The pad section is generally of a rectangular shape, of a dimension such that it will overlay the back and seat area of the infant seat, and may include a moistureproof innerlining.

Attached to the front and lower portion of the pad, by machine stitching or other means, is the restraining harness. The harness includes a pair of midriff straps extending from opposite sides of the top portion thereof. The top portion extends across the infant's midriff and the straps around the seat to snap or otherwise fasten securely. Just under the strap section of the harness, opposing notches are cut out of the midsection such that the legs of the infant may extend freely therethrough.

Finally and also attached to the lower edge portion of the pad and harness portion, at least one blanket or coverlet section is provided for protecting the infant from chill or other weather conditions. In a preferred embodiment two coverlets are provided. A first is of a lightweight material for minimum coverage, and a second is of a heavier material for protection against colder temperatures. When not in use the heavier blanket, or both if desired, may be tucked away under the skirt segment of the infant seat.

The accessory as a whole is attached to the infant seat by two relatively deep pocket members, one on each end of the underside of the pad, which pocket members slip over the opposite ends of the infant seat and by auxiliary side straps which snap into place on the side walls of the seat.

Construction material for the accessory generally includes any washable fabric having a somewhat absorbent nature and a relatively soft hand so that there is no irritation to the skin. Such fabrics would include soft cottons and terrycloth. The aforementioned optional moistureproof inner liner may be any flexible material such as lightweight rubber sheeting, plastic sheeting, etc. and is removably inserted between the inner and outer layers of the primary fabric.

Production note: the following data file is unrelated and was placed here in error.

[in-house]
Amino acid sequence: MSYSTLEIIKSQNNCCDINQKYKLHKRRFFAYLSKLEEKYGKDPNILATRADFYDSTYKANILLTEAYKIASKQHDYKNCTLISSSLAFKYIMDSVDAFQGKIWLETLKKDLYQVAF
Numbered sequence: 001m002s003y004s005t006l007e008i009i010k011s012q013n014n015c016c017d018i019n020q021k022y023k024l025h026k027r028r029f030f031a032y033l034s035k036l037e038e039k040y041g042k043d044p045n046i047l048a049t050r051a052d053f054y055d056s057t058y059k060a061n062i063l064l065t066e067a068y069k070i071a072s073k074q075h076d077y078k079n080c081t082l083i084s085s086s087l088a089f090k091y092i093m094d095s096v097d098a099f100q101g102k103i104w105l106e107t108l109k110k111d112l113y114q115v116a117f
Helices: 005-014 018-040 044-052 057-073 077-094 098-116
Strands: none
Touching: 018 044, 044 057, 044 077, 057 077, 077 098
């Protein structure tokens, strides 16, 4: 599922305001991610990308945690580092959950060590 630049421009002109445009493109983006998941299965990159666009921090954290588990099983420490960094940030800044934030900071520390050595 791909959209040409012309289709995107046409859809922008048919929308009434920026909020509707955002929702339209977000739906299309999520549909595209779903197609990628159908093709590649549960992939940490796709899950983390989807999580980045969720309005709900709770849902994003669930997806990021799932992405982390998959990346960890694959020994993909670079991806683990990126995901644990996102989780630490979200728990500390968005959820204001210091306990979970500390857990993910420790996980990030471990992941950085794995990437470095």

In use the accessory is placed on the infant seat such that the pad overlies the back and seat portions with the ends of the seat inserted in the pockets. After the child is placed therein, the harness section is placed over the child, legs protruding through the notches, midriff strap in place and wrapped around to the underside of the seat and securely fastened. The blanket(s) may be tucked away in the rear pocket behind the seat or one or both may be pulled up to cover the infant. The pad will provide a comfortable absorbent surface for the infant. The generally enlarged harness straps will provide support adequate to maintain the infant in a comfortable, safe position without binding or cutting, and no metal buckles or parts can contact the infant's body.

Therefore the objects of the present invention include:

1. The provision of a restraining/coverlet accessory for an existing infant seat which will significantly increase the degree of safety and comfort of an infant placed therein;

2. The provision of a harness device for use on an infant seat to maintain an infant in a safe position without the use of narrow, stiff straps and/or metal buckles;

3. The provision of a blanket or coverlet which is easily maintained in position over an infant seated in an infant seat beneath a restraining harness.

Other and further objects of the present invention will become apparent to those skilled in the art as the following detailed description is studied in conjunction with the accompanying drawings of which:

FIG. 1 is an evironmental perspective view of an infant seat having a restraining accessory according to the present invention attached thereto;

FIG. 2 is a cross-sectional view of the invention (removed from the infant seat) taken substantially along the lines 1--1 of FIG. 1; and

FIG. 3 is a plan view of the underside of an existing infant seat with the harness accessory according to the embodiment of FIG. 1 in place thereon.

DETAILED DESCRIPTION OF A PREFERRED EMBODIMENT

FIG. 1 illustrates a conventional infant seat 10 including the harness accessory 20 of the present invention. The infant seat 10 includes a back portion 12, a seat 14, a lower skirt 15, and an adjustable support 16. One such infant seat is described in U.S. Pat. No. 3,409,325 and because they are well known further discussion will not be made herein.